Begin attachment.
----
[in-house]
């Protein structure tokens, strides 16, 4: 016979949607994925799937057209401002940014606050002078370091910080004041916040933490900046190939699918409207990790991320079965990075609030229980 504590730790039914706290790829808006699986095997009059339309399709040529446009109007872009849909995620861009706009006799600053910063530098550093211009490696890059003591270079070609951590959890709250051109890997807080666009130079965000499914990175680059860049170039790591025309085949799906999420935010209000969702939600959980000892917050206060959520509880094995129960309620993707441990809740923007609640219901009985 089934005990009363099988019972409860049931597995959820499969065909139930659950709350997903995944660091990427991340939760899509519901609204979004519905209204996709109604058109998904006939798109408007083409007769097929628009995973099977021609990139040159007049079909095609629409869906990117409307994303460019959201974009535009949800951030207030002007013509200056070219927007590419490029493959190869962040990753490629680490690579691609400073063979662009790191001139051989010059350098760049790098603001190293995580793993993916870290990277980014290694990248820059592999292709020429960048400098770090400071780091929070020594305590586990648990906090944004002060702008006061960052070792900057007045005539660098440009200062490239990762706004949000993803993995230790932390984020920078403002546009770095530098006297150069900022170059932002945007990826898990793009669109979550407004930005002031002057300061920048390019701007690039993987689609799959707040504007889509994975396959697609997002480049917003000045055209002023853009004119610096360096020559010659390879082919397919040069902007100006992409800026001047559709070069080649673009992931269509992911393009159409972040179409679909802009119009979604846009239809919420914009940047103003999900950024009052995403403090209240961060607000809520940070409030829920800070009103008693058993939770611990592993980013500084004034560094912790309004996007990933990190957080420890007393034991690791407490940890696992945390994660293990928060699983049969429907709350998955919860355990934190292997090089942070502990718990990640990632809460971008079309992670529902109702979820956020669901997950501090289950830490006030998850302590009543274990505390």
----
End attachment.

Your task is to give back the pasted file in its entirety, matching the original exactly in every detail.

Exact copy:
[in-house]
């Protein structure tokens, strides 16, 4: 016979949607994925799937057209401002940014606050002078370091910080004041916040933490900046190939699918409207990790991320079965990075609030229980 504590730790039914706290790829808006699986095997009059339309399709040529446009109007872009849909995620861009706009006799600053910063530098550093211009490696890059003591270079070609951590959890709250051109890997807080666009130079965000499914990175680059860049170039790591025309085949799906999420935010209000969702939600959980000892917050206060959520509880094995129960309620993707441990809740923007609640219901009985 089934005990009363099988019972409860049931597995959820499969065909139930659950709350997903995944660091990427991340939760899509519901609204979004519905209204996709109604058109998904006939798109408007083409007769097929628009995973099977021609990139040159007049079909095609629409869906990117409307994303460019959201974009535009949800951030207030002007013509200056070219927007590419490029493959190869962040990753490629680490690579691609400073063979662009790191001139051989010059350098760049790098603001190293995580793993993916870290990277980014290694990248820059592999292709020429960048400098770090400071780091929070020594305590586990648990906090944004002060702008006061960052070792900057007045005539660098440009200062490239990762706004949000993803993995230790932390984020920078403002546009770095530098006297150069900022170059932002945007990826898990793009669109979550407004930005002031002057300061920048390019701007690039993987689609799959707040504007889509994975396959697609997002480049917003000045055209002023853009004119610096360096020559010659390879082919397919040069902007100006992409800026001047559709070069080649673009992931269509992911393009159409972040179409679909802009119009979604846009239809919420914009940047103003999900950024009052995403403090209240961060607000809520940070409030829920800070009103008693058993939770611990592993980013500084004034560094912790309004996007990933990190957080420890007393034991690791407490940890696992945390994660293990928060699983049969429907709350998955919860355990934190292997090089942070502990718990990640990632809460971008079309992670529902109702979820956020669901997950501090289950830490006030998850302590009543274990505390």